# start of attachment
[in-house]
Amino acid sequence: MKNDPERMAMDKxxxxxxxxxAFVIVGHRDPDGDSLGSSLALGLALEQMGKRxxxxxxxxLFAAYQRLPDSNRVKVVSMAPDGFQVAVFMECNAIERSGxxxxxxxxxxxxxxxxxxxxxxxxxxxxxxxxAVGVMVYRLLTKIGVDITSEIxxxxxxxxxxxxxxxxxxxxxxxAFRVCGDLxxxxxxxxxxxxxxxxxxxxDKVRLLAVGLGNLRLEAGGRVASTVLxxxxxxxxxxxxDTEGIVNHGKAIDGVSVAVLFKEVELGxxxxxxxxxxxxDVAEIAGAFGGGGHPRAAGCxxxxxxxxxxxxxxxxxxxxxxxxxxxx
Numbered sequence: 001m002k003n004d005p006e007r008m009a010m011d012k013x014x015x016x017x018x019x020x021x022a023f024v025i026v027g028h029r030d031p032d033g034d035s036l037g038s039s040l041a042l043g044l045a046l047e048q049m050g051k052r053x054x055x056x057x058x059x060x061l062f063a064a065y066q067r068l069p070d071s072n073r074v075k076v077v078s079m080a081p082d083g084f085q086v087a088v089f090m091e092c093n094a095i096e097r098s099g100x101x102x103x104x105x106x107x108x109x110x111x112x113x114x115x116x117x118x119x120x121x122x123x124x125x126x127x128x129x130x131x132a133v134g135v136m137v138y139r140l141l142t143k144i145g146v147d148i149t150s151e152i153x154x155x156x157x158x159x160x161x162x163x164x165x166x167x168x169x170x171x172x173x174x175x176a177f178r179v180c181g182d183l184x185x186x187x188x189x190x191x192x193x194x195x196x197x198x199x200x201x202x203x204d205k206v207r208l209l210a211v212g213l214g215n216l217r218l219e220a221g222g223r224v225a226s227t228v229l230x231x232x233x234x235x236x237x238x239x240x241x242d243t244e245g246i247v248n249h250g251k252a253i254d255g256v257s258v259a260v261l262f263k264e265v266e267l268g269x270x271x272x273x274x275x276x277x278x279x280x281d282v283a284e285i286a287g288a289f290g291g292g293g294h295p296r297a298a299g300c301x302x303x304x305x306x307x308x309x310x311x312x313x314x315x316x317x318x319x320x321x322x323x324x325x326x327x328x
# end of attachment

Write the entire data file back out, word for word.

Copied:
[in-house]
Amino acid sequence: MKNDPERMAMDKxxxxxxxxxAFVIVGHRDPDGDSLGSSLALGLALEQMGKRxxxxxxxxLFAAYQRLPDSNRVKVVSMAPDGFQVAVFMECNAIERSGxxxxxxxxxxxxxxxxxxxxxxxxxxxxxxxxAVGVMVYRLLTKIGVDITSEIxxxxxxxxxxxxxxxxxxxxxxxAFRVCGDLxxxxxxxxxxxxxxxxxxxxDKVRLLAVGLGNLRLEAGGRVASTVLxxxxxxxxxxxxDTEGIVNHGKAIDGVSVAVLFKEVELGxxxxxxxxxxxxDVAEIAGAFGGGGHPRAAGCxxxxxxxxxxxxxxxxxxxxxxxxxxxx
Numbered sequence: 001m002k003n004d005p006e007r008m009a010m011d012k013x014x015x016x017x018x019x020x021x022a023f024v025i026v027g028h029r030d031p032d033g034d035s036l037g038s039s040l041a042l043g044l045a046l047e048q049m050g051k052r053x054x055x056x057x058x059x060x061l062f063a064a065y066q067r068l069p070d071s072n073r074v075k076v077v078s079m080a081p082d083g084f085q086v087a088v089f090m091e092c093n094a095i096e097r098s099g100x101x102x103x104x105x106x107x108x109x110x111x112x113x114x115x116x117x118x119x120x121x122x123x124x125x126x127x128x129x130x131x132a133v134g135v136m137v138y139r140l141l142t143k144i145g146v147d148i149t150s151e152i153x154x155x156x157x158x159x160x161x162x163x164x165x166x167x168x169x170x171x172x173x174x175x176a177f178r179v180c181g182d183l184x185x186x187x188x189x190x191x192x193x194x195x196x197x198x199x200x201x202x203x204d205k206v207r208l209l210a211v212g213l214g215n216l217r218l219e220a221g222g223r224v225a226s227t228v229l230x231x232x233x234x235x236x237x238x239x240x241x242d243t244e245g246i247v248n249h250g251k252a253i254d255g256v257s258v259a260v261l262f263k264e265v266e267l268g269x270x271x272x273x274x275x276x277x278x279x280x281d282v283a284e285i286a287g288a289f290g291g292g293g294h295p296r297a298a299g300c301x302x303x304x305x306x307x308x309x310x311x312x313x314x315x316x317x318x319x320x321x322x323x324x325x326x327x328x